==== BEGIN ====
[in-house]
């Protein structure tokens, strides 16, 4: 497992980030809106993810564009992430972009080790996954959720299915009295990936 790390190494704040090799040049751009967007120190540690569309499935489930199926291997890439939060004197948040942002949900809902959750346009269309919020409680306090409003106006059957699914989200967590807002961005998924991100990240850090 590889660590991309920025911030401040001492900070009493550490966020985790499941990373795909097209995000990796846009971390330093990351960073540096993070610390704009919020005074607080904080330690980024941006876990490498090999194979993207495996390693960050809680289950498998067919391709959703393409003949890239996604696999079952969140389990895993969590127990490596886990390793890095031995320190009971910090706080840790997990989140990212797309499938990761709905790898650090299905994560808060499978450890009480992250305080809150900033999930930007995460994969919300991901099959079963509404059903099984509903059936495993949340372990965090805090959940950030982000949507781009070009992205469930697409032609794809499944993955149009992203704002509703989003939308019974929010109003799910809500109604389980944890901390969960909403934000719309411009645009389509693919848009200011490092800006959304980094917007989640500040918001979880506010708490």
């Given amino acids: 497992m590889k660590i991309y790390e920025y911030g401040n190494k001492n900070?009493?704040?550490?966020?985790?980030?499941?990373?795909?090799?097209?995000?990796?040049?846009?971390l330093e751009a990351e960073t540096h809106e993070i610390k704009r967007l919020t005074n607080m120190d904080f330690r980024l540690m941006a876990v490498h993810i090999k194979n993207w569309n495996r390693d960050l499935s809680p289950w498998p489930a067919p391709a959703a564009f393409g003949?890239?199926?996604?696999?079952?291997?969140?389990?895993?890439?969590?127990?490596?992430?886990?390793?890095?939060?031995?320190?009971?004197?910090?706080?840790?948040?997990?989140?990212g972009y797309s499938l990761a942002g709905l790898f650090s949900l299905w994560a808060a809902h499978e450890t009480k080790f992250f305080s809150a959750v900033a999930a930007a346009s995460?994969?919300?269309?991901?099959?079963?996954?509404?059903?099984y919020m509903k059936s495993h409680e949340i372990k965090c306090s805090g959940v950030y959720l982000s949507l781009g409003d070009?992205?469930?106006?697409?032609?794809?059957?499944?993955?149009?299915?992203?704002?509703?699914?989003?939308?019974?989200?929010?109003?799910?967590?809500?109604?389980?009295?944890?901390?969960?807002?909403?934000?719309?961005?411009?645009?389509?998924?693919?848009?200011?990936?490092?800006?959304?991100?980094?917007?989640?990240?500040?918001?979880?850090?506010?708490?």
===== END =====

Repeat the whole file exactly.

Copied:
[in-house]
């Protein structure tokens, strides 16, 4: 497992980030809106993810564009992430972009080790996954959720299915009295990936 790390190494704040090799040049751009967007120190540690569309499935489930199926291997890439939060004197948040942002949900809902959750346009269309919020409680306090409003106006059957699914989200967590807002961005998924991100990240850090 590889660590991309920025911030401040001492900070009493550490966020985790499941990373795909097209995000990796846009971390330093990351960073540096993070610390704009919020005074607080904080330690980024941006876990490498090999194979993207495996390693960050809680289950498998067919391709959703393409003949890239996604696999079952969140389990895993969590127990490596886990390793890095031995320190009971910090706080840790997990989140990212797309499938990761709905790898650090299905994560808060499978450890009480992250305080809150900033999930930007995460994969919300991901099959079963509404059903099984509903059936495993949340372990965090805090959940950030982000949507781009070009992205469930697409032609794809499944993955149009992203704002509703989003939308019974929010109003799910809500109604389980944890901390969960909403934000719309411009645009389509693919848009200011490092800006959304980094917007989640500040918001979880506010708490």
């Given amino acids: 497992m590889k660590i991309y790390e920025y911030g401040n190494k001492n900070?009493?704040?550490?966020?985790?980030?499941?990373?795909?090799?097209?995000?990796?040049?846009?971390l330093e751009a990351e960073t540096h809106e993070i610390k704009r967007l919020t005074n607080m120190d904080f330690r980024l540690m941006a876990v490498h993810i090999k194979n993207w569309n495996r390693d960050l499935s809680p289950w498998p489930a067919p391709a959703a564009f393409g003949?890239?199926?996604?696999?079952?291997?969140?389990?895993?890439?969590?127990?490596?992430?886990?390793?890095?939060?031995?320190?009971?004197?910090?706080?840790?948040?997990?989140?990212g972009y797309s499938l990761a942002g709905l790898f650090s949900l299905w994560a808060a809902h499978e450890t009480k080790f992250f305080s809150a959750v900033a999930a930007a346009s995460?994969?919300?269309?991901?099959?079963?996954?509404?059903?099984y919020m509903k059936s495993h409680e949340i372990k965090c306090s805090g959940v950030y959720l982000s949507l781009g409003d070009?992205?469930?106006?697409?032609?794809?059957?499944?993955?149009?299915?992203?704002?509703?699914?989003?939308?019974?989200?929010?109003?799910?967590?809500?109604?389980?009295?944890?901390?969960?807002?909403?934000?719309?961005?411009?645009?389509?998924?693919?848009?200011?990936?490092?800006?959304?991100?980094?917007?989640?990240?500040?918001?979880?850090?506010?708490?």